Nav: Home

Could flies help us understand brain injuries?

May 11, 2016

Each year, an estimated 1.7 million people in the United States sustain traumatic brain injuries (TBIs), according to the U.S. Centers for Disease Control and Prevention. These injuries occur most frequently from falling, but can also result from military combat, car accidents, contact sports or domestic abuse. Recently, physicians and researchers have become increasingly concerned that even mild cases of repetitive brain trauma could have long-term, unanticipated consequences.

Given the prevalence of these injuries, it's surprising that the genes and cellular pathways that can blunt TBI's harmfulness are relatively unknown, said Kim Finley, an associate professor at the San Diego State University Donald P. Shiley BioScience Center. A new study led by SDSU scientists and recently published in the journal Nature Scientific Reports suggests that using fruit flies as a TBI model may hold the key to identifying important genes and pathways that promote the repair of and minimize damage to the nervous system.

"Fruit flies actually have a very complex nervous system," said Finley, the study's co-lead author. "They are also an incredible model system that has been used for over 100 years for genetic studies, and more recently to understand the genes that maintain a healthy brain."

In humans, changes in mood, headaches and sleep problems are just a few of the possible symptoms associated with suffering mild traumatic brain injury. The timeline for these symptoms can vary greatly: Some people experience them immediately following injury, while others may develop problems many years after.

Finley noted that because fruit flies grow old quickly, observing them allows researchers to rapidly study the long-term consequences of traumatic brain injury.

"Traits that might take 40 years to develop in people can occur in flies within two weeks," she said.

To test whether flies can be used to model traumatic brain injuries, Finley and colleagues used an automated system to vigorously shake and traumatize thousands of fruit flies.

"Fruit flies come out of this mild trauma and appear perfectly normal," explained Eric Ratliff, an adjunct assistant professor at SDSU and the study's other co-lead author. "However, the flies quickly begin to show signs of decline, similar to problems found in people who have been exposed to head injuries."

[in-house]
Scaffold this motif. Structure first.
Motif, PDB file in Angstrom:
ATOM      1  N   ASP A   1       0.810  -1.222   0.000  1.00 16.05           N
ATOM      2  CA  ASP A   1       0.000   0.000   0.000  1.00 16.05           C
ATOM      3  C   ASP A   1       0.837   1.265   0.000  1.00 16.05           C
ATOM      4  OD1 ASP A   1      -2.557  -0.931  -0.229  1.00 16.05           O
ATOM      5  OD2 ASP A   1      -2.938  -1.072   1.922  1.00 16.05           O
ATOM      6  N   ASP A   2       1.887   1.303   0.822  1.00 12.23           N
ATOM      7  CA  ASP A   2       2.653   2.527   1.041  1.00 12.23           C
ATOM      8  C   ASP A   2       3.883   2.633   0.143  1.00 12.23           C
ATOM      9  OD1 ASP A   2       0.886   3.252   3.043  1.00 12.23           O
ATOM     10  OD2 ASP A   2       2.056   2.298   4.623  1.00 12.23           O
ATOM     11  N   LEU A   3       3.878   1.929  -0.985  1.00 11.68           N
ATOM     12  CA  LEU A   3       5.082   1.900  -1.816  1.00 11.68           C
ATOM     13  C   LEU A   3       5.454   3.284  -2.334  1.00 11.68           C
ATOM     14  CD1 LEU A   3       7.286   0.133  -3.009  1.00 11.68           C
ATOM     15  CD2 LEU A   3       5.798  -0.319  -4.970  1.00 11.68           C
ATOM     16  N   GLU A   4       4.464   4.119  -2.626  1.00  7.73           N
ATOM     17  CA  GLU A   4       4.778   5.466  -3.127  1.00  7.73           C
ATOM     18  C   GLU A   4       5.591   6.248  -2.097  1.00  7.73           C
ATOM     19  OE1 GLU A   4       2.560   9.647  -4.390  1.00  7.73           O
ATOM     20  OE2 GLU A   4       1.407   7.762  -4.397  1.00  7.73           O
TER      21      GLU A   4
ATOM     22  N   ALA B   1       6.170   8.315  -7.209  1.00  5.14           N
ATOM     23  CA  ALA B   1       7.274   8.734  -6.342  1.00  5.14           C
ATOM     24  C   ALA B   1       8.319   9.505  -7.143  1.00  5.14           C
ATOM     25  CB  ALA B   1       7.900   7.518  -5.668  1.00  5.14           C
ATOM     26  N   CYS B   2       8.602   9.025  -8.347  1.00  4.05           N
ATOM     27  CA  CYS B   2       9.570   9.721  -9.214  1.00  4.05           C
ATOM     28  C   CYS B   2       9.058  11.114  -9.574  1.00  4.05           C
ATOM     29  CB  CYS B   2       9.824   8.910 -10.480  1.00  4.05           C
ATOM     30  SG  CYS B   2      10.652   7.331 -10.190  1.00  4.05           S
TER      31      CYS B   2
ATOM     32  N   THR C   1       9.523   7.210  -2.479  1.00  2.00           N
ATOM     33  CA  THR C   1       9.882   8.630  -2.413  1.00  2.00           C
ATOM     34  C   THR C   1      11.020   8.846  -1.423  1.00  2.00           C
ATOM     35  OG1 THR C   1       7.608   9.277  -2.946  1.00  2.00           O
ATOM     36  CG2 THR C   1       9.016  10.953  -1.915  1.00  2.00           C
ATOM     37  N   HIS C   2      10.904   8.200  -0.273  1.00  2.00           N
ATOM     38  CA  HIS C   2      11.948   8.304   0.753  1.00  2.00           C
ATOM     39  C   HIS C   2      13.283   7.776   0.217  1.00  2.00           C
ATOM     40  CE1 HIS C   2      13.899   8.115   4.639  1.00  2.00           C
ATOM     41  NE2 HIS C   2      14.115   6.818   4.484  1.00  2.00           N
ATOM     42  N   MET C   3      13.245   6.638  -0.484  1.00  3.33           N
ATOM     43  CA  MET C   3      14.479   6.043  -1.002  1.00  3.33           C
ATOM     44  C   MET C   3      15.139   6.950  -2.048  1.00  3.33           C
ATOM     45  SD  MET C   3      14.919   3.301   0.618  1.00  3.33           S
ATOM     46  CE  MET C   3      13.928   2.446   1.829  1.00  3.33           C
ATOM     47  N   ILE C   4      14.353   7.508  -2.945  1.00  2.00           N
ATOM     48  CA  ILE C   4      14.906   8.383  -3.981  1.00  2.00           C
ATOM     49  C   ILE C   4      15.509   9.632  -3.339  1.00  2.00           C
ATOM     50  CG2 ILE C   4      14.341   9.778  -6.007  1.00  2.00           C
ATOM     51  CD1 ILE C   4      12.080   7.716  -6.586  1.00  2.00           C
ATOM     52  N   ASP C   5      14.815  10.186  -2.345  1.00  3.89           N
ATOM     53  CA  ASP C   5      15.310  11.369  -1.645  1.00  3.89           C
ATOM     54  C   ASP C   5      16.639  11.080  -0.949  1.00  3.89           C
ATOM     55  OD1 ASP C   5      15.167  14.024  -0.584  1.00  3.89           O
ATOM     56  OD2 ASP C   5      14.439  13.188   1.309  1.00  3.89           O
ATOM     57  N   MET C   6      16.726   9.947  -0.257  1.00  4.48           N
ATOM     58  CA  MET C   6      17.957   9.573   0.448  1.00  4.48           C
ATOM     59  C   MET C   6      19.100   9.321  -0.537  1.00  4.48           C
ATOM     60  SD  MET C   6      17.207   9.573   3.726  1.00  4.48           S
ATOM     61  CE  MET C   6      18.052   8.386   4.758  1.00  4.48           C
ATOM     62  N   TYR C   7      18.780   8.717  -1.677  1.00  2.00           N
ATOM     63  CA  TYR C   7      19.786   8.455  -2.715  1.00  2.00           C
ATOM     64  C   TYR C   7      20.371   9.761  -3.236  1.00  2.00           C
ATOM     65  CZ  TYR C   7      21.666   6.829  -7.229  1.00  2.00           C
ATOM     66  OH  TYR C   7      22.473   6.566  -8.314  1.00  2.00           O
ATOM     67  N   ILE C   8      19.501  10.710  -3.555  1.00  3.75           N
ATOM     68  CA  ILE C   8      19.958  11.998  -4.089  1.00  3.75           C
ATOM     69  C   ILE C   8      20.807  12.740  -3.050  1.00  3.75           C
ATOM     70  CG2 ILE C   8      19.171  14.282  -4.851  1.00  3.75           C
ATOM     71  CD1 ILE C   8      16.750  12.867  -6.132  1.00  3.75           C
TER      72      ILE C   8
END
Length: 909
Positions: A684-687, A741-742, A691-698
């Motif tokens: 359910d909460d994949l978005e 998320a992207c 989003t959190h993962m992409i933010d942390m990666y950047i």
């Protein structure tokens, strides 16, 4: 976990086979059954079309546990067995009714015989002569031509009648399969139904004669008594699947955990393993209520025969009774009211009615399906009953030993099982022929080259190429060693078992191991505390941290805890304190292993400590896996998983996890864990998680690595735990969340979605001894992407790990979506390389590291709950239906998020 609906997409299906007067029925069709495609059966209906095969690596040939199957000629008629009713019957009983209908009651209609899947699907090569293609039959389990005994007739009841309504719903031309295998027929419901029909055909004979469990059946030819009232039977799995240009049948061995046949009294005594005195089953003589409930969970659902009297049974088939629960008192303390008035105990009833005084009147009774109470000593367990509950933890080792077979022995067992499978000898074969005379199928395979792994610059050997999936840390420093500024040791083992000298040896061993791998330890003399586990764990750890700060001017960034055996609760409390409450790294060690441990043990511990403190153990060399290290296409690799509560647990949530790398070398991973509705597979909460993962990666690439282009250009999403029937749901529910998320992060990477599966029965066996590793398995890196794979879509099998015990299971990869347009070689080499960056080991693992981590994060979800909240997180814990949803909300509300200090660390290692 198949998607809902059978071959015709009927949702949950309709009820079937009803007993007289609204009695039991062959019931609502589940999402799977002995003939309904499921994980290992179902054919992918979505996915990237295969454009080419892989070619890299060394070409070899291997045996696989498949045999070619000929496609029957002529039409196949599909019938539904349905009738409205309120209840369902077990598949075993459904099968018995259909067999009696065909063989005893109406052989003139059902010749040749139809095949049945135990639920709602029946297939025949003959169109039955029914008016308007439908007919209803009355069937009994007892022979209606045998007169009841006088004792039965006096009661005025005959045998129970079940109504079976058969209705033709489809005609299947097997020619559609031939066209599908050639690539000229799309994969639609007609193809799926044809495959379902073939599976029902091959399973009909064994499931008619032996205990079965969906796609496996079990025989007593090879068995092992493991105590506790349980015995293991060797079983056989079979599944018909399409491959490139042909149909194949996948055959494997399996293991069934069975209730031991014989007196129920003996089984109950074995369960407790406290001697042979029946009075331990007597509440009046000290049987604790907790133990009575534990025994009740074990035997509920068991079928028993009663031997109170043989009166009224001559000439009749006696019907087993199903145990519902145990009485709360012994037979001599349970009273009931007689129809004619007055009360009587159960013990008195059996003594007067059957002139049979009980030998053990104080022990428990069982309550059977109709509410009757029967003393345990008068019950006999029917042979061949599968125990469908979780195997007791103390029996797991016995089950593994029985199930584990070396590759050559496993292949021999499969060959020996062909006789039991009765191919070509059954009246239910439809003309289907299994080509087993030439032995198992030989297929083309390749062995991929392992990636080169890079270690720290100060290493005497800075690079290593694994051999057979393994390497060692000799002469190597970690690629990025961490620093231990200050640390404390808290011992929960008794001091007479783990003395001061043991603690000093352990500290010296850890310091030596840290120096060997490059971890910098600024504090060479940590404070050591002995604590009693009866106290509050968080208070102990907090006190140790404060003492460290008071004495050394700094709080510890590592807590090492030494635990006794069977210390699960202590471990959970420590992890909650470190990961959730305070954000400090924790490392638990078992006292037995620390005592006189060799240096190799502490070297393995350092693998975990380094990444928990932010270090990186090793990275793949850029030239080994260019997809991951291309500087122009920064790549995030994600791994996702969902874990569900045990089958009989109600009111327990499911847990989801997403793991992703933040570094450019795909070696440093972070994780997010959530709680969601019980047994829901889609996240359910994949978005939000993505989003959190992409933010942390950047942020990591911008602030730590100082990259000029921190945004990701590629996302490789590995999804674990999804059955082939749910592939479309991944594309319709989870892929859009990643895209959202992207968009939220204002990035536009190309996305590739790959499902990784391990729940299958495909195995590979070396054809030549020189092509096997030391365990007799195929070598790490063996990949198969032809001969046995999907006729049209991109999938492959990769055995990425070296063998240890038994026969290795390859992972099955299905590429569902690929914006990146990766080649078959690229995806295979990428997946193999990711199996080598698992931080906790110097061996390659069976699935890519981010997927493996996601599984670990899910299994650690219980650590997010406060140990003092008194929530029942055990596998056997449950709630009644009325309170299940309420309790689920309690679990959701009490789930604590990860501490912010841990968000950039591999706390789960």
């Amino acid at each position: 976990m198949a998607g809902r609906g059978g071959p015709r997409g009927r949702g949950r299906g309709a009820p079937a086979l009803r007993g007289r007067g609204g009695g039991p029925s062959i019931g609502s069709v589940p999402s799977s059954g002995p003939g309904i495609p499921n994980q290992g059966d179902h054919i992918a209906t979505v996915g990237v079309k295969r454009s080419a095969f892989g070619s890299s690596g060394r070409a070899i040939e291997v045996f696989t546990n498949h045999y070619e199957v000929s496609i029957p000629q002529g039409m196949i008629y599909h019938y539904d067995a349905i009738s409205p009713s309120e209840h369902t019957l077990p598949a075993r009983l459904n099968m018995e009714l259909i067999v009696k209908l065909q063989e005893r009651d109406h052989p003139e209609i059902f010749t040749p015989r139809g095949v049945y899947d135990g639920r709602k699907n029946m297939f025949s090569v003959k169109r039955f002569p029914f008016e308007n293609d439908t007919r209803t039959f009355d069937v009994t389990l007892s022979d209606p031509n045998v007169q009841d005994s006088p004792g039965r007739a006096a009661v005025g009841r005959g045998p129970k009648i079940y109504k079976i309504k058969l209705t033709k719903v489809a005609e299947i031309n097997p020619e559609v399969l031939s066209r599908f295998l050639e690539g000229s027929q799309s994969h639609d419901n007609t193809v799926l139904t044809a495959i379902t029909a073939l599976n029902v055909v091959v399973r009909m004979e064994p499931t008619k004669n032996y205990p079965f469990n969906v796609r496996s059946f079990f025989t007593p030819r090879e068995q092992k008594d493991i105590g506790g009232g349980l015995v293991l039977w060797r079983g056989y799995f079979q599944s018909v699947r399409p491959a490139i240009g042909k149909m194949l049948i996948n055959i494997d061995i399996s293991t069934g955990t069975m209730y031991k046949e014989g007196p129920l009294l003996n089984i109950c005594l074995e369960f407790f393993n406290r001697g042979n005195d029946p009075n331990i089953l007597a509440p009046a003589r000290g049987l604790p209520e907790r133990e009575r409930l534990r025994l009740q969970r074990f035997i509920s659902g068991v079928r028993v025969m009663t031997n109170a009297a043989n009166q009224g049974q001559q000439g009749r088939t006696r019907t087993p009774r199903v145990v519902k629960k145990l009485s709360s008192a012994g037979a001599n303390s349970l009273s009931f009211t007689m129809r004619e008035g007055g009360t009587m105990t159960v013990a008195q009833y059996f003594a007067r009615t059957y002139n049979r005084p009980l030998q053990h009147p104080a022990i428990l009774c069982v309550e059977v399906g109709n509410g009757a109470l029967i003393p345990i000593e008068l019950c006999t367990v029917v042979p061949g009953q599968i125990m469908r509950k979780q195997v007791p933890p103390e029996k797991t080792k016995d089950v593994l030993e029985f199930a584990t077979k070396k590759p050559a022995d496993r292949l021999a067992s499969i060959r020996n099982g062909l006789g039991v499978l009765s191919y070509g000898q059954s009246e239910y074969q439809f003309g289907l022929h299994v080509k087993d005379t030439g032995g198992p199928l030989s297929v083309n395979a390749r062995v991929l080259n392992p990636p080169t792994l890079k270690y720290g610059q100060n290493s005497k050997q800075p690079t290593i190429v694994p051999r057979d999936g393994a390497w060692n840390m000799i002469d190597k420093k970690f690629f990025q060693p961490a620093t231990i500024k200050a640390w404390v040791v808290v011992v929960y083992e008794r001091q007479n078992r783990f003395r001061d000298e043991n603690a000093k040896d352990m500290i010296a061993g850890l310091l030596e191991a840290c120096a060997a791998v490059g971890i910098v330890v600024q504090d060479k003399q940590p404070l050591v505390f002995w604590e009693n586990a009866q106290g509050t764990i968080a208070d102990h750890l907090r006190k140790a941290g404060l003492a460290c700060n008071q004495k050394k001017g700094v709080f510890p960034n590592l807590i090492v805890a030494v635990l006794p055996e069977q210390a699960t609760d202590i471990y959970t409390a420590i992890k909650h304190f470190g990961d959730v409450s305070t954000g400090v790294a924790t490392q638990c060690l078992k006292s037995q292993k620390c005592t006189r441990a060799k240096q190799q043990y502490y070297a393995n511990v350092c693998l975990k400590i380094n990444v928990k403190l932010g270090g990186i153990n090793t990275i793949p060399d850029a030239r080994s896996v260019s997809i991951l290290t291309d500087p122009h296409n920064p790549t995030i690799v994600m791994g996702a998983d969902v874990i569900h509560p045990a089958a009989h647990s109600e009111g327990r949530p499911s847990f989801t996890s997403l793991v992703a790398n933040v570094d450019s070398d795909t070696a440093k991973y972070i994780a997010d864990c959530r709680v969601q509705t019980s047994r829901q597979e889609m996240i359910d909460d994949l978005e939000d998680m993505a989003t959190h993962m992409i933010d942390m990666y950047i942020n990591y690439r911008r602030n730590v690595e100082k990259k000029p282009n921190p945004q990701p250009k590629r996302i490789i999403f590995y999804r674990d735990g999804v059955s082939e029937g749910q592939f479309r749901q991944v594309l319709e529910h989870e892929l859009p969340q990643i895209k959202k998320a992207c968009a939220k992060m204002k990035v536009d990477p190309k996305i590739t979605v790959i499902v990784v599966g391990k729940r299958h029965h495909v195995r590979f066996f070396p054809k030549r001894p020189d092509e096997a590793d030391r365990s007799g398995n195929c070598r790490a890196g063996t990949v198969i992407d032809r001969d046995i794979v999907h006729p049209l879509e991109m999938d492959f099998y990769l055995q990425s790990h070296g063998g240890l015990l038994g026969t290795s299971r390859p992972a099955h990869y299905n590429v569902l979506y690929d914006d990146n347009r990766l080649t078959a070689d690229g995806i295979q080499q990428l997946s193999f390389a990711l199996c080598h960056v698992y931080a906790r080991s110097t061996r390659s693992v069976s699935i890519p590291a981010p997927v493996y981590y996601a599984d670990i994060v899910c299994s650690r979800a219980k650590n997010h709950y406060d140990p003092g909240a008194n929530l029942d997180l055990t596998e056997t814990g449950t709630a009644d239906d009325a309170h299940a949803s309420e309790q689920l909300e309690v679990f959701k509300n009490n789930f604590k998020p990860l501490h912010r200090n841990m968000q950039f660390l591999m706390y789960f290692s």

In their study, injured fruit flies showed damage to neurons within the brain, as well as an accumulation of a protein called hyper-phosphorylated Tau, a hallmark feature of chronic traumatic encephalopathy (CTE). Furthermore, injured flies also began to experience insomnia and their normal sleep patterns deteriorated. The results suggest that studying traumatic injury in fruit flies may indeed reveal genetic and cellular factors that can improve the brain's resilience to injuries.

"It's really a unique model," Finley said. "We've developed it to be reliable, inexpensive, and fast."
-end-


San Diego State University

Related Traumatic Brain Injury Articles:

New test may quickly identify mild traumatic brain injury with underlying brain damage
A new test using peripheral vision reaction time could lead to earlier diagnosis and more effective treatment of mild traumatic brain injury, often referred to as a concussion.
Studies uncover long-term effects of traumatic brain injury
Doctors are beginning to get answers to the question that every parent whose child has had a traumatic brain injury wants to know: What will my child be like 10 years from now?
People with traumatic brain injury approximately 2.5 times more likely to be incarcerated
People who have suffered a traumatic brain injury are approximately 2.5 times more likely to be incarcerated in a federal correctional facility in Canada than people who have not, a new study has found.
Traumatic brain injury associated with long-term psychosocial outcomes
Traumatic brain injury (TBI) during youth is associated with elevated risks of impaired adult functioning, according to a longitudinal study published in PLOS Medicine.
Curbing the life-long effects of traumatic brain injury
A fall down the stairs, a car crash, a sports injury or an explosive blast can all cause traumatic brain injury (TBI).
More Traumatic Brain Injury News and Traumatic Brain Injury Current Events

Best Science Podcasts 2019

We have hand picked the best science podcasts for 2019. Sit back and enjoy new science podcasts updated daily from your favorite science news services and scientists.
Now Playing: TED Radio Hour

Teaching For Better Humans
More than test scores or good grades — what do kids need to prepare them for the future? This hour, guest host Manoush Zomorodi and TED speakers explore how to help children grow into better humans, in and out of the classroom. Guests include educators Olympia Della Flora and Liz Kleinrock, psychologist Thomas Curran, and writer Jacqueline Woodson.
Now Playing: Science for the People

#535 Superior
Apologies for the delay getting this week's episode out! A technical glitch slowed us down, but all is once again well. This week, we look at the often troubling intertwining of science and race: its long history, its ability to persist even during periods of disrepute, and the current forms it takes as it resurfaces, leveraging the internet and nationalism to buoy itself. We speak with Angela Saini, independent journalist and author of the new book "Superior: The Return of Race Science", about where race science went and how it's coming back.